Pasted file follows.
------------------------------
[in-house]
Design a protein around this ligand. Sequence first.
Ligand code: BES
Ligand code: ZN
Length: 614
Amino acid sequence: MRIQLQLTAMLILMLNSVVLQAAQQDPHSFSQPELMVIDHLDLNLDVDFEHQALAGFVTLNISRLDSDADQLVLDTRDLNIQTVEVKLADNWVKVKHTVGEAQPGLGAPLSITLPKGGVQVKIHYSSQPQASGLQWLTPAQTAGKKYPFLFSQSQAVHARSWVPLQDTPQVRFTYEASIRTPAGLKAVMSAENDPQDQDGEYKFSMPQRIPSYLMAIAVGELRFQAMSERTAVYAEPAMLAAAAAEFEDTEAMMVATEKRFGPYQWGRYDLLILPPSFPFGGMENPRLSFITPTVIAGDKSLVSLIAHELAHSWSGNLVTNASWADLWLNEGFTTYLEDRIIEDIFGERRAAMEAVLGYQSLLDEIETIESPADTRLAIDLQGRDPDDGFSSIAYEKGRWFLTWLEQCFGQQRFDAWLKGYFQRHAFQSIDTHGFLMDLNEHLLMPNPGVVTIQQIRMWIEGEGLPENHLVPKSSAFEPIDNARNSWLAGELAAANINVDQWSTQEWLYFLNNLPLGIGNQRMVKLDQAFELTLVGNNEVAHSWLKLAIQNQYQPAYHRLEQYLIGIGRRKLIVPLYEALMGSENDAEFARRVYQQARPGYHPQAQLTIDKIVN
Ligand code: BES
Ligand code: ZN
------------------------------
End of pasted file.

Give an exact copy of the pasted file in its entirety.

[in-house]
Design a protein around this ligand. Sequence first.
Ligand code: BES
Ligand code: ZN
Length: 614
Amino acid sequence: MRIQLQLTAMLILMLNSVVLQAAQQDPHSFSQPELMVIDHLDLNLDVDFEHQALAGFVTLNISRLDSDADQLVLDTRDLNIQTVEVKLADNWVKVKHTVGEAQPGLGAPLSITLPKGGVQVKIHYSSQPQASGLQWLTPAQTAGKKYPFLFSQSQAVHARSWVPLQDTPQVRFTYEASIRTPAGLKAVMSAENDPQDQDGEYKFSMPQRIPSYLMAIAVGELRFQAMSERTAVYAEPAMLAAAAAEFEDTEAMMVATEKRFGPYQWGRYDLLILPPSFPFGGMENPRLSFITPTVIAGDKSLVSLIAHELAHSWSGNLVTNASWADLWLNEGFTTYLEDRIIEDIFGERRAAMEAVLGYQSLLDEIETIESPADTRLAIDLQGRDPDDGFSSIAYEKGRWFLTWLEQCFGQQRFDAWLKGYFQRHAFQSIDTHGFLMDLNEHLLMPNPGVVTIQQIRMWIEGEGLPENHLVPKSSAFEPIDNARNSWLAGELAAANINVDQWSTQEWLYFLNNLPLGIGNQRMVKLDQAFELTLVGNNEVAHSWLKLAIQNQYQPAYHRLEQYLIGIGRRKLIVPLYEALMGSENDAEFARRVYQQARPGYHPQAQLTIDKIVN
Ligand code: BES
Ligand code: ZN